The last eutriconodont featured this month specialized for a semi-aquatic lifestyle very similar to modern otters.
Known from the Early Cretaceous of China (125-112 mya), Liaoconodon was about 35cm long (1′2″) and had a long streamlined body and paddle-like limbs. Like other eutriconodonts it was carnivorous, likely feeding on fish and aquatic invertebrates in its wetland habitat.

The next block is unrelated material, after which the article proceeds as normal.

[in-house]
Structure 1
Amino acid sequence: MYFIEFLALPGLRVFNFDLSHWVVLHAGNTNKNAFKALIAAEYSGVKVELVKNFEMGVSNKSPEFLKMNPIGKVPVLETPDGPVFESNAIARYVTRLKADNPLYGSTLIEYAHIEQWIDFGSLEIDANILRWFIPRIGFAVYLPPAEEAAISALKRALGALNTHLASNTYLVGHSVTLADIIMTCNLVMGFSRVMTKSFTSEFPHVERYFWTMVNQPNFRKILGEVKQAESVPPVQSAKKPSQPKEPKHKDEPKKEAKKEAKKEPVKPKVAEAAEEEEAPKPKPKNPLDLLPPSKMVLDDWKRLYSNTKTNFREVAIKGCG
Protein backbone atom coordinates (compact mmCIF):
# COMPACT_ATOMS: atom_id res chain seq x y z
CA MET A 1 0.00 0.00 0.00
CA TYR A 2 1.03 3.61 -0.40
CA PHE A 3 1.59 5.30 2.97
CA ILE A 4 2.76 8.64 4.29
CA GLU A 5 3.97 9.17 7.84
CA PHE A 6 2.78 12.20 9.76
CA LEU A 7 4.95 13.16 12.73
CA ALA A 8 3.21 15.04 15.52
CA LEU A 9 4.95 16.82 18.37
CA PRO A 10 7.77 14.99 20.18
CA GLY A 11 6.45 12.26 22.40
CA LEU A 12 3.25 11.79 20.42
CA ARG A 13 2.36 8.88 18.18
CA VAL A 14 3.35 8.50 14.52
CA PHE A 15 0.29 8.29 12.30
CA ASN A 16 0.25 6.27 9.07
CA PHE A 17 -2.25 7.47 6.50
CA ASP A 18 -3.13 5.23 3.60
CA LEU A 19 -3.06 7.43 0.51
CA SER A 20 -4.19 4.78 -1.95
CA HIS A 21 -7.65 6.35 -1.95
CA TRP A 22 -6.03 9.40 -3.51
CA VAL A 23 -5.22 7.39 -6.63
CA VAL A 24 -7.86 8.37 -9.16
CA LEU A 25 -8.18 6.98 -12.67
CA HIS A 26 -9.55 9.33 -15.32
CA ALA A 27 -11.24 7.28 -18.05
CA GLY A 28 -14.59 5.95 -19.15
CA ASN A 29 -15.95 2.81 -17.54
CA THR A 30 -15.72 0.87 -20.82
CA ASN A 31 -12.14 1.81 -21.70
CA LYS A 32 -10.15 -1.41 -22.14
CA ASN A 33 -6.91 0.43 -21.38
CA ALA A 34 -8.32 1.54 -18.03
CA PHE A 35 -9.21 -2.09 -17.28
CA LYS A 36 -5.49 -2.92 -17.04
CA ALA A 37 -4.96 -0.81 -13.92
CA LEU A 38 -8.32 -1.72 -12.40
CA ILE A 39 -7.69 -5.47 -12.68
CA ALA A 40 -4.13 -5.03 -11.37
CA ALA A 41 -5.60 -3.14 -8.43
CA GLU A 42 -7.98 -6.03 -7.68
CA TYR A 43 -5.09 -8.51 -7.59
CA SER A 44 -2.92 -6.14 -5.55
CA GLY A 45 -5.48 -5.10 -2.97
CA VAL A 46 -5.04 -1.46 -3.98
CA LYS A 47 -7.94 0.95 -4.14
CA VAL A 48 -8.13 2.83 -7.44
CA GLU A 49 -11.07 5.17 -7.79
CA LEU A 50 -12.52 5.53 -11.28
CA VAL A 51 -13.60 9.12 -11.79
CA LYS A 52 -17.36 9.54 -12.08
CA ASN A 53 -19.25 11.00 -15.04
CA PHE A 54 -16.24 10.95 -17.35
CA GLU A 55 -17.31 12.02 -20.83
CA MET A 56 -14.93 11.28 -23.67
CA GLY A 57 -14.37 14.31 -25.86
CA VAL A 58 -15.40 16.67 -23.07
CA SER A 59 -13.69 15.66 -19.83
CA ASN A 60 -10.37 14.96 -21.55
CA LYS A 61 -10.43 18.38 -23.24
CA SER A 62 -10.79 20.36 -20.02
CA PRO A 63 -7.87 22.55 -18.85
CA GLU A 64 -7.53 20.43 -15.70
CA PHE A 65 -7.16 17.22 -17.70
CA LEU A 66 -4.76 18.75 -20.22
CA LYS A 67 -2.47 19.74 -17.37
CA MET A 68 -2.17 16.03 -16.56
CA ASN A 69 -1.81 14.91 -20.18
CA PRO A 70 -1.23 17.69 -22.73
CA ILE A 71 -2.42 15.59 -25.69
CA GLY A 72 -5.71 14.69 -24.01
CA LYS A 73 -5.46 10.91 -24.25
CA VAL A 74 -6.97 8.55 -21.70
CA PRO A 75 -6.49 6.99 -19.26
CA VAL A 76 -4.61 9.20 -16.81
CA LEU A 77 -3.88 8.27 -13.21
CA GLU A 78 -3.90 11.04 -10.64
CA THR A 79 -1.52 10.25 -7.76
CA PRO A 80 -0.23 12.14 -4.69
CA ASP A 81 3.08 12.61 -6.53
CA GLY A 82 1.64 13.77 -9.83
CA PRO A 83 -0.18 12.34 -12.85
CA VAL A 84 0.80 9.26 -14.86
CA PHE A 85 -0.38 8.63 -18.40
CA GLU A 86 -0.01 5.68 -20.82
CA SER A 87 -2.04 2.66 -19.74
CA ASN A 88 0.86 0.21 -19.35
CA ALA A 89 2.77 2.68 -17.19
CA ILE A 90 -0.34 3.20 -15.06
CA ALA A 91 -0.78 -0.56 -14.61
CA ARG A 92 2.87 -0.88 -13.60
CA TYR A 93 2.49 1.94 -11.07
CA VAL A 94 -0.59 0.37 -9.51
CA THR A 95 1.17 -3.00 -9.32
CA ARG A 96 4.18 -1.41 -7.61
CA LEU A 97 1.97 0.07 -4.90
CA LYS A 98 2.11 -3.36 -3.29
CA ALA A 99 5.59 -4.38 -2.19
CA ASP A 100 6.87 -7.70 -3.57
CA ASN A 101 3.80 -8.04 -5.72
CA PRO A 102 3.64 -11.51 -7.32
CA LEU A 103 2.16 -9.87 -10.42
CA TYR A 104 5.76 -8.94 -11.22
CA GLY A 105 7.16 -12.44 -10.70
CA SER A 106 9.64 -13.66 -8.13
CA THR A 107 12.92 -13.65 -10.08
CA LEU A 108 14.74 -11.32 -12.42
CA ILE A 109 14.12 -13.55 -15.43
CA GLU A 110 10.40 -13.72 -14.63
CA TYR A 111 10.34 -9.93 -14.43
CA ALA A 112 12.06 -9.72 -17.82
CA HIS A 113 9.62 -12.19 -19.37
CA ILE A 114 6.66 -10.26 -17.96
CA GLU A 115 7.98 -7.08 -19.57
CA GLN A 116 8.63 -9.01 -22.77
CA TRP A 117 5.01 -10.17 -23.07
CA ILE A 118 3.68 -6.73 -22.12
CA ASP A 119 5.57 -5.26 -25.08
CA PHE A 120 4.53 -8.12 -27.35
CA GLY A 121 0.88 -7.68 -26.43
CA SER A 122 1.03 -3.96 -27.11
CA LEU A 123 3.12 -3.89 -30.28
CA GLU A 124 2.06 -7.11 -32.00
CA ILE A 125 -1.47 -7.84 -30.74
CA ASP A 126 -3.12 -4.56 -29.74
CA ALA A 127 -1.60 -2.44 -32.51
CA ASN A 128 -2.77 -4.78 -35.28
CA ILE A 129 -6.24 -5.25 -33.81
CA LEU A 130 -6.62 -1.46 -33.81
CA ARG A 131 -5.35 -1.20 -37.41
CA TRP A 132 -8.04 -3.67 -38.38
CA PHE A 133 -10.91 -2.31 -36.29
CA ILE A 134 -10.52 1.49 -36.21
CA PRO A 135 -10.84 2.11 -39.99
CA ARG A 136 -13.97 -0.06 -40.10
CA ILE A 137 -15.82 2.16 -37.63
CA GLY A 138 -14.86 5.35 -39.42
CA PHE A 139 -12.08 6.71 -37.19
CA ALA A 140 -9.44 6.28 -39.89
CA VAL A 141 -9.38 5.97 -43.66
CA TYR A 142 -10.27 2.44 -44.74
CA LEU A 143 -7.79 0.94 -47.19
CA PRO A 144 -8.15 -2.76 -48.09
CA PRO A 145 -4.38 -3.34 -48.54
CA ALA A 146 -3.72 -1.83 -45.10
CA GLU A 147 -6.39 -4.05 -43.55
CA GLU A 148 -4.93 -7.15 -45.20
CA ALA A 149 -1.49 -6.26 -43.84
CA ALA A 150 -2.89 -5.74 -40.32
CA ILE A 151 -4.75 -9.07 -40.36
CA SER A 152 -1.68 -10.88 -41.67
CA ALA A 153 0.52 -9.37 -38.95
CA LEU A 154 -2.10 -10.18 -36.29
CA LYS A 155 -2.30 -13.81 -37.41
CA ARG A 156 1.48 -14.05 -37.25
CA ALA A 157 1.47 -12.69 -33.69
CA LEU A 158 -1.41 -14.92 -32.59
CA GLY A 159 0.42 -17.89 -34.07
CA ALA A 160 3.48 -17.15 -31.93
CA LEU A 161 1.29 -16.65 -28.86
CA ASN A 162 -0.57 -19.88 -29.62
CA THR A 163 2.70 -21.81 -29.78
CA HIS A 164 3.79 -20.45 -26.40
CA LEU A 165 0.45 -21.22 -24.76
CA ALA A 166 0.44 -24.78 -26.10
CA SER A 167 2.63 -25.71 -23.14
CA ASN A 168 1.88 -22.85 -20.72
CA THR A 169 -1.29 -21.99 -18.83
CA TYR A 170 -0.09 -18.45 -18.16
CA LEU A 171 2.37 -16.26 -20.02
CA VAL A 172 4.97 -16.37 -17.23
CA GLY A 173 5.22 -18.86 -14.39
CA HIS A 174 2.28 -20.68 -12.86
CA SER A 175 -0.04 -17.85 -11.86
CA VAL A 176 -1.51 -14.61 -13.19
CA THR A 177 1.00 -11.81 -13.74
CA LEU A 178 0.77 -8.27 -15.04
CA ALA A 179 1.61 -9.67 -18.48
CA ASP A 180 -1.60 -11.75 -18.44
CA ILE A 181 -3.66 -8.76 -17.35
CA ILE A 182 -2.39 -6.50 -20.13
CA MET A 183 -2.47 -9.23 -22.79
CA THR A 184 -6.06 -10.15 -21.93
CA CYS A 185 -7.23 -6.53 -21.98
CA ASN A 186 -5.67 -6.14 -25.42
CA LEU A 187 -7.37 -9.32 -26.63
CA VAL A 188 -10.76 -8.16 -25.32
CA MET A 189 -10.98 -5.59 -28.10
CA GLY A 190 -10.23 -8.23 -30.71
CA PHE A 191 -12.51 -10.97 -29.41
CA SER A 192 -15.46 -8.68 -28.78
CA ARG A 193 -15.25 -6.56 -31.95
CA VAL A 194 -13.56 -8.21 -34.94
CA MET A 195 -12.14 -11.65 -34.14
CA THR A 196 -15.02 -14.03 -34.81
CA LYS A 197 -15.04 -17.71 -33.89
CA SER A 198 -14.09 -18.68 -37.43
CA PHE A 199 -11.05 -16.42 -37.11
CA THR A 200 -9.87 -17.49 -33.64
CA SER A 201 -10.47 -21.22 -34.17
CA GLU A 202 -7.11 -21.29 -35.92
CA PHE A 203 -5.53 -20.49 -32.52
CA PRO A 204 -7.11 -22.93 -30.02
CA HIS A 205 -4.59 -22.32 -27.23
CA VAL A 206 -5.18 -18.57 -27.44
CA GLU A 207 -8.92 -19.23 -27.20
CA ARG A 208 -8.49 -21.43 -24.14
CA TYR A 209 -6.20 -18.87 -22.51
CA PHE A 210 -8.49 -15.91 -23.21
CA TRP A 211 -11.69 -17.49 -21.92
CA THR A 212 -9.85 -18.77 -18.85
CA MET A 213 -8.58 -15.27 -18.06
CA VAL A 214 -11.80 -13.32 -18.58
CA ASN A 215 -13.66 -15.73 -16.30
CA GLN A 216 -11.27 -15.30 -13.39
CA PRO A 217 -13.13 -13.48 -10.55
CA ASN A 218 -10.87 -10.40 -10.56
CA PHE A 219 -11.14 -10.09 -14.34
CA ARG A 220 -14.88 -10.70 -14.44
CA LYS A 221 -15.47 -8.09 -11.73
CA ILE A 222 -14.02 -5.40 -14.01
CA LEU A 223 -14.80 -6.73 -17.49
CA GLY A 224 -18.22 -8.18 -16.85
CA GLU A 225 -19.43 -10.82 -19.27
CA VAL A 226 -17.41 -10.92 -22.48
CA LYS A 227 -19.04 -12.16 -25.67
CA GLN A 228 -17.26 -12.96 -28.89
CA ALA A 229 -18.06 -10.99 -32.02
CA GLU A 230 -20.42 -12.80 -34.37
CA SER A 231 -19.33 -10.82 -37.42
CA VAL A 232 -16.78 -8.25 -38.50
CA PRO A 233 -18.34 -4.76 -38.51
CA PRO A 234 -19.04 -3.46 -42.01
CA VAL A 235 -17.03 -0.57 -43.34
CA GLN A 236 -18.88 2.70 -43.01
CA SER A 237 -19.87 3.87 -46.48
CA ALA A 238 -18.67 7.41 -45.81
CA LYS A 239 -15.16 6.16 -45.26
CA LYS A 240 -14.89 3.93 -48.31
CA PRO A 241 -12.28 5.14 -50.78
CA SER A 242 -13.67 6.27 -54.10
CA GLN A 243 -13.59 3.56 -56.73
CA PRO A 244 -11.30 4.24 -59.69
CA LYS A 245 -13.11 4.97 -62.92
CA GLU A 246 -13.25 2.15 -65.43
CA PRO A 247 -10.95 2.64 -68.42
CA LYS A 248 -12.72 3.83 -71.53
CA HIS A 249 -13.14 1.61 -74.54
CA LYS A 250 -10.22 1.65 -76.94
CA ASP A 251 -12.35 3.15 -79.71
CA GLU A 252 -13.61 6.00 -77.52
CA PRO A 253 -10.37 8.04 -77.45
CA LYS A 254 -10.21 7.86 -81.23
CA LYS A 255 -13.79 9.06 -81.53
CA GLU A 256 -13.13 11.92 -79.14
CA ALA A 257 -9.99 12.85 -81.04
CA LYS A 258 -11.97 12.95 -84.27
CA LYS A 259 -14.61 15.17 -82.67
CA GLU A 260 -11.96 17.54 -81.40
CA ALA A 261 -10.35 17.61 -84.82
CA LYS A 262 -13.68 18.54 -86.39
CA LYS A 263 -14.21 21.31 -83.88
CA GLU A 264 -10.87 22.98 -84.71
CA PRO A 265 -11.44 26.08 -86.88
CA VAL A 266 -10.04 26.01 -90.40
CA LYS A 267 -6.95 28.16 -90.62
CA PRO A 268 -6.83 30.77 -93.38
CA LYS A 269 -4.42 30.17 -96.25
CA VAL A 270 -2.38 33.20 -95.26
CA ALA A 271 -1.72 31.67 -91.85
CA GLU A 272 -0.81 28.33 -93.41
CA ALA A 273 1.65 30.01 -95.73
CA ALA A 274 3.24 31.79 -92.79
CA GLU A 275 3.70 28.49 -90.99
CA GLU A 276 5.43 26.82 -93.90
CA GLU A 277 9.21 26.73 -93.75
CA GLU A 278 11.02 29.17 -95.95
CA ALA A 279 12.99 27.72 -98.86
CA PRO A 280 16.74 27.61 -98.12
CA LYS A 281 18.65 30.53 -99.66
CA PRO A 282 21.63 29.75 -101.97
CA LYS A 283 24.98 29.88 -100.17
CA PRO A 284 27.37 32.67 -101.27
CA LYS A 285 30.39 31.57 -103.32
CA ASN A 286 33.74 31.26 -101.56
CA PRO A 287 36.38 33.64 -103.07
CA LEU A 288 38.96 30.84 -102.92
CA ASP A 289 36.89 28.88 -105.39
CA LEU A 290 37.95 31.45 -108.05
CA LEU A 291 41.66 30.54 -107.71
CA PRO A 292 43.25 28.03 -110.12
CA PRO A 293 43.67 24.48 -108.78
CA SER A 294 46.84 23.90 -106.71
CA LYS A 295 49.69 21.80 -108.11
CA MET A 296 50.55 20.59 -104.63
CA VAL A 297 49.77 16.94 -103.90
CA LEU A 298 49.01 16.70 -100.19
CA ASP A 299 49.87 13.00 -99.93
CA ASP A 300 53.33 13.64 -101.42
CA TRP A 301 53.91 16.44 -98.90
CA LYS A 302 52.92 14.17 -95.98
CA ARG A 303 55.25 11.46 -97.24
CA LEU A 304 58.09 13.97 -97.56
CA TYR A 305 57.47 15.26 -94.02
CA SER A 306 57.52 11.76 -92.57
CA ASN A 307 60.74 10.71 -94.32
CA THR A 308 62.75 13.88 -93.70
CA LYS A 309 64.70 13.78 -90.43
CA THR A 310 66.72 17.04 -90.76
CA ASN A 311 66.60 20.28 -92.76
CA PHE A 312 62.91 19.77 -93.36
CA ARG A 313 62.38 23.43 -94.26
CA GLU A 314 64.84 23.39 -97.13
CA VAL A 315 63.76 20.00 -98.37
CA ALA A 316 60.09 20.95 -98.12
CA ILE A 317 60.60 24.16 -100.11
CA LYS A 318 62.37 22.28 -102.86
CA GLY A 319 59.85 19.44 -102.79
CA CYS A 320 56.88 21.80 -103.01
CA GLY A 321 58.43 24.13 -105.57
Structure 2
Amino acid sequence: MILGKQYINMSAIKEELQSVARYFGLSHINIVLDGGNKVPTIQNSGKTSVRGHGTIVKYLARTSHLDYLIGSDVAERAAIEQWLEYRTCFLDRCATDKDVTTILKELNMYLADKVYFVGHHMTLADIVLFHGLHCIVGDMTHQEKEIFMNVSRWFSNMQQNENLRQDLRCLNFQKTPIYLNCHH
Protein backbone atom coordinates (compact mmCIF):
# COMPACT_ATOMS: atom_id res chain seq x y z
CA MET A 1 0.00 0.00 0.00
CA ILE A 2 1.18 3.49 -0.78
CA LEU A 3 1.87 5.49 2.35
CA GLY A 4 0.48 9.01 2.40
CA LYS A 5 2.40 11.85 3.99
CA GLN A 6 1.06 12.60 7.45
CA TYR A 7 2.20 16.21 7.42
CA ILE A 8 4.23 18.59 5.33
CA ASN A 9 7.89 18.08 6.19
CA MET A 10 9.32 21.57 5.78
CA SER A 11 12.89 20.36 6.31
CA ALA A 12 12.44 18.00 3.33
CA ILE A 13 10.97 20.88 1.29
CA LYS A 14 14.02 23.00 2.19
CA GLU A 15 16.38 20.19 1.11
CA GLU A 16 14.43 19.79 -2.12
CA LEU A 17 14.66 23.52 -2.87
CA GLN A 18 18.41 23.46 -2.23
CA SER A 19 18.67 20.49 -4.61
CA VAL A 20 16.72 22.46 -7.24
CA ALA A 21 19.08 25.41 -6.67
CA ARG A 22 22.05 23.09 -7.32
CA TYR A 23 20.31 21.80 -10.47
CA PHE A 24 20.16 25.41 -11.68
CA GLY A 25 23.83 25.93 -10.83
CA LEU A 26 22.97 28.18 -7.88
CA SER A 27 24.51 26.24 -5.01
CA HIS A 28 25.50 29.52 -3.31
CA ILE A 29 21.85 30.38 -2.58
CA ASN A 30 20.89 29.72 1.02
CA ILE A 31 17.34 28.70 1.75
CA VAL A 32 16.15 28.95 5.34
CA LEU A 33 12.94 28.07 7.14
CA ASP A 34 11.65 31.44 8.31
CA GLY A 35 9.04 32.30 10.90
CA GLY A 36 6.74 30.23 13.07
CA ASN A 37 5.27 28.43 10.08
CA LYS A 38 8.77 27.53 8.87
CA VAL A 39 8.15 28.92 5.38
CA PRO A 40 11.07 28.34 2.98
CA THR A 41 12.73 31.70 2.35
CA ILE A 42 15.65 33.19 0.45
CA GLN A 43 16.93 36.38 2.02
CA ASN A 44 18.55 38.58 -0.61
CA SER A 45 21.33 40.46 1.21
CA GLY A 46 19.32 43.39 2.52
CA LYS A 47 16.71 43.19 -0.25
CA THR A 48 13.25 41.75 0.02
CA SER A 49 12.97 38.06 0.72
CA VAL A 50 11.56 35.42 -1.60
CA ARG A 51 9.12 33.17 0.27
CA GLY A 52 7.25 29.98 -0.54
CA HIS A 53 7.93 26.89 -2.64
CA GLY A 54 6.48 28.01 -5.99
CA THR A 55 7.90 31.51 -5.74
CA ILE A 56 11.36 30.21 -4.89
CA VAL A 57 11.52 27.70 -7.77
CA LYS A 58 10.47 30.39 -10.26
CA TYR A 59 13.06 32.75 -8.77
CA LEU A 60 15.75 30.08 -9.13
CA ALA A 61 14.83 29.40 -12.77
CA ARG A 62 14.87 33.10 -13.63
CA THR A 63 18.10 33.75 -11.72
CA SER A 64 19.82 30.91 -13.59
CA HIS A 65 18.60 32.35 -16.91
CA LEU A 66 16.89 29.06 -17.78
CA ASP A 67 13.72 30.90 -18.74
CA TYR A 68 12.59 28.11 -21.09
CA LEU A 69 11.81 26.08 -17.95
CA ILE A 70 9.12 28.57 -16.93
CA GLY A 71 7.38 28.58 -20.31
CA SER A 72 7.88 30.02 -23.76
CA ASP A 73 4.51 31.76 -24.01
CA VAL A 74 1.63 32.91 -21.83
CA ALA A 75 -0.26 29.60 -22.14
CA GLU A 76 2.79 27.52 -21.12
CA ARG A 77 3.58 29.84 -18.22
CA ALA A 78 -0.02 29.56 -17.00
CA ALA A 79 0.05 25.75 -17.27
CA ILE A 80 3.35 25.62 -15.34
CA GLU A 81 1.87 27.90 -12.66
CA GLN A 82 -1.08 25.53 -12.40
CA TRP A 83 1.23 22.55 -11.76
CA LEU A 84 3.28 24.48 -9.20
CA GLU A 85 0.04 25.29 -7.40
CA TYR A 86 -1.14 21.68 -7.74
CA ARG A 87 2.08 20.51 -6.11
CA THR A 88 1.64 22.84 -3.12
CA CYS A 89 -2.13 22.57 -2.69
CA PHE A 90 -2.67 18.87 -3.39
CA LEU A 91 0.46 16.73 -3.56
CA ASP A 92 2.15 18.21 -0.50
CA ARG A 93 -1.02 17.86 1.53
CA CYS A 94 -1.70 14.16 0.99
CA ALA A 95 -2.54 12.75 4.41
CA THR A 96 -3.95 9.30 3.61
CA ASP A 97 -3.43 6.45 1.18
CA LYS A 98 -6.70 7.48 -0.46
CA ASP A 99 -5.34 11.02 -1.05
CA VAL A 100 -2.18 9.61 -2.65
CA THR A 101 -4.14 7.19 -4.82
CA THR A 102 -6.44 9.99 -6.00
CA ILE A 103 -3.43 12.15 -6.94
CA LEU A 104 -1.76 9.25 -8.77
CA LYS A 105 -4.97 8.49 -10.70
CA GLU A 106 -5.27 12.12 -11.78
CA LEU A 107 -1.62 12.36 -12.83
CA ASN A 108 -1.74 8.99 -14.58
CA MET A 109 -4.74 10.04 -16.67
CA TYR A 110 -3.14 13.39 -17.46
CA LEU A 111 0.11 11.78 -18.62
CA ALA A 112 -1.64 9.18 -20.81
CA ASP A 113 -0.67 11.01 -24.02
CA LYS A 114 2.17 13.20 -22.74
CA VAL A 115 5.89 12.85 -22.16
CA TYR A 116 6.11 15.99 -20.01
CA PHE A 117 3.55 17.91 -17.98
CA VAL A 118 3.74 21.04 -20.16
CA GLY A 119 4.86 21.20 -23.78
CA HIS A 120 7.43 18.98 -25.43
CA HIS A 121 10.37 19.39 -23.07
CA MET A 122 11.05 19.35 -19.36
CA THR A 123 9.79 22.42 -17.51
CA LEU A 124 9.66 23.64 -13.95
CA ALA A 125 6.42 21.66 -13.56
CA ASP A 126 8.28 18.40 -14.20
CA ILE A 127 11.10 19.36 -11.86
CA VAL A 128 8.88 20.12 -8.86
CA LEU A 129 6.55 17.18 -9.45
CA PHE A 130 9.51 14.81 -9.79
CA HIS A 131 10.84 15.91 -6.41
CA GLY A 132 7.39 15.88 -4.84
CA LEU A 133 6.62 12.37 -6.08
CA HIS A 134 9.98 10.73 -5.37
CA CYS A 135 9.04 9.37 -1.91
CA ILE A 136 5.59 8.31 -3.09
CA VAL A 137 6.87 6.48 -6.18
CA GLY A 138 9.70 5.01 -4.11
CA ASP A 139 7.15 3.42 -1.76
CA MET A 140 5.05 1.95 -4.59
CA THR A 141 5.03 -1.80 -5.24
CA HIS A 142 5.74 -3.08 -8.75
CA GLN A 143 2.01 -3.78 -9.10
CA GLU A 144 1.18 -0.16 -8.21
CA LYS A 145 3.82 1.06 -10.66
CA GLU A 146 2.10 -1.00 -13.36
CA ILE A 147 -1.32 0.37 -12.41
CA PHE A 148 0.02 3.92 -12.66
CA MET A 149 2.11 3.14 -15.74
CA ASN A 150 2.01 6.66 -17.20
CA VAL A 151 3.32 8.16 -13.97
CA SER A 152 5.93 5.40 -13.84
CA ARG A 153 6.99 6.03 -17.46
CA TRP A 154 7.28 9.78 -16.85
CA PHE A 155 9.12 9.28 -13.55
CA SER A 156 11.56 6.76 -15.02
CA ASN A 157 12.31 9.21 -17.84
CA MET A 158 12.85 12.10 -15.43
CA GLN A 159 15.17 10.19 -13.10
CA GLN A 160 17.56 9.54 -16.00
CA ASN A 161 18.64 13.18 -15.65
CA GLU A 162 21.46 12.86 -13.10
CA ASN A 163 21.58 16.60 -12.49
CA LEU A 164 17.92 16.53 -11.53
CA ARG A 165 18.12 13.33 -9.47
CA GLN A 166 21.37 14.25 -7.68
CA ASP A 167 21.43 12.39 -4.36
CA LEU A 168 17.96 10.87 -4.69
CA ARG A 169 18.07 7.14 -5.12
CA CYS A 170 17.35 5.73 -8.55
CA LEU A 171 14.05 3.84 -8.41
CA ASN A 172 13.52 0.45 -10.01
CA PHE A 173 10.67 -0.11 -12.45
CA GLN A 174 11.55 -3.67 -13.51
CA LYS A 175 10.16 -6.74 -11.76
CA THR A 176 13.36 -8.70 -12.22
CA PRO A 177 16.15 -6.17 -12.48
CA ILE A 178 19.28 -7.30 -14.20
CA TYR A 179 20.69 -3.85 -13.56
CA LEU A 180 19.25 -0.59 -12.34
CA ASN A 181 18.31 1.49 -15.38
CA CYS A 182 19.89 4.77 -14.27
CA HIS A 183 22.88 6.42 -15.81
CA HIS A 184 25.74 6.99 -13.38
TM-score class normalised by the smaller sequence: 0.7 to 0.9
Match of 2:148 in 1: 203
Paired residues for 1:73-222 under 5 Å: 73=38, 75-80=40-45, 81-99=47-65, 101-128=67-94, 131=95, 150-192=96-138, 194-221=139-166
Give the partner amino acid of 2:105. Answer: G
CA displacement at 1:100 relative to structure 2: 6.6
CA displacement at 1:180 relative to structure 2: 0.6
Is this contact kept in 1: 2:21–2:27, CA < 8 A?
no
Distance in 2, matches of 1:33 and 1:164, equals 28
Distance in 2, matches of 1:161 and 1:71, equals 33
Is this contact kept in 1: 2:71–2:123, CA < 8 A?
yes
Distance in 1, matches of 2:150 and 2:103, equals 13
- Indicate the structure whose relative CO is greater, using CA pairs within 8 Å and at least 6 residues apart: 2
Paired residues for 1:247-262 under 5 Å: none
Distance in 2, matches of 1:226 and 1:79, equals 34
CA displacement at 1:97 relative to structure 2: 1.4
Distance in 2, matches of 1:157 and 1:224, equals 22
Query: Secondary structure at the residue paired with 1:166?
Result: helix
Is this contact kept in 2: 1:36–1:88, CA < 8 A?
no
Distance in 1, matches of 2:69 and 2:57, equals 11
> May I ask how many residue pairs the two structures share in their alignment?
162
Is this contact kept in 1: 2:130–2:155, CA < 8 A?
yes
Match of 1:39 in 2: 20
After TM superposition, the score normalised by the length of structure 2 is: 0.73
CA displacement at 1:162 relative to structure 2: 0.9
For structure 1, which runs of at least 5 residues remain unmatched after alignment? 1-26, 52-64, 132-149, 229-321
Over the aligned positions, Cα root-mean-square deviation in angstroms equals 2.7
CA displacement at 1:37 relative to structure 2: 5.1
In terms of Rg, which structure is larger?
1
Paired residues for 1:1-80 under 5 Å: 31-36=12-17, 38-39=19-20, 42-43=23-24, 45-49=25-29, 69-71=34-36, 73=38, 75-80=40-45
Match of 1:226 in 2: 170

Its ears show a transitional state between those of earlier mammaliaformes and modern mammals, with the inner ear bones almost fully separated from the jaw aside from a thin rod of cartilage. While this cartilage disappears during embryonic development in modern mammals, in Liaoconodon it was ossified (turned to bone) and appears to have helped to support the eardrum – although it’s not clear whether this was the ancestral state for Mammalia and fully separated ear bones convergently evolved multiple times in different lineages, or whether this was an evolutionary reversal within the eutriconodonts.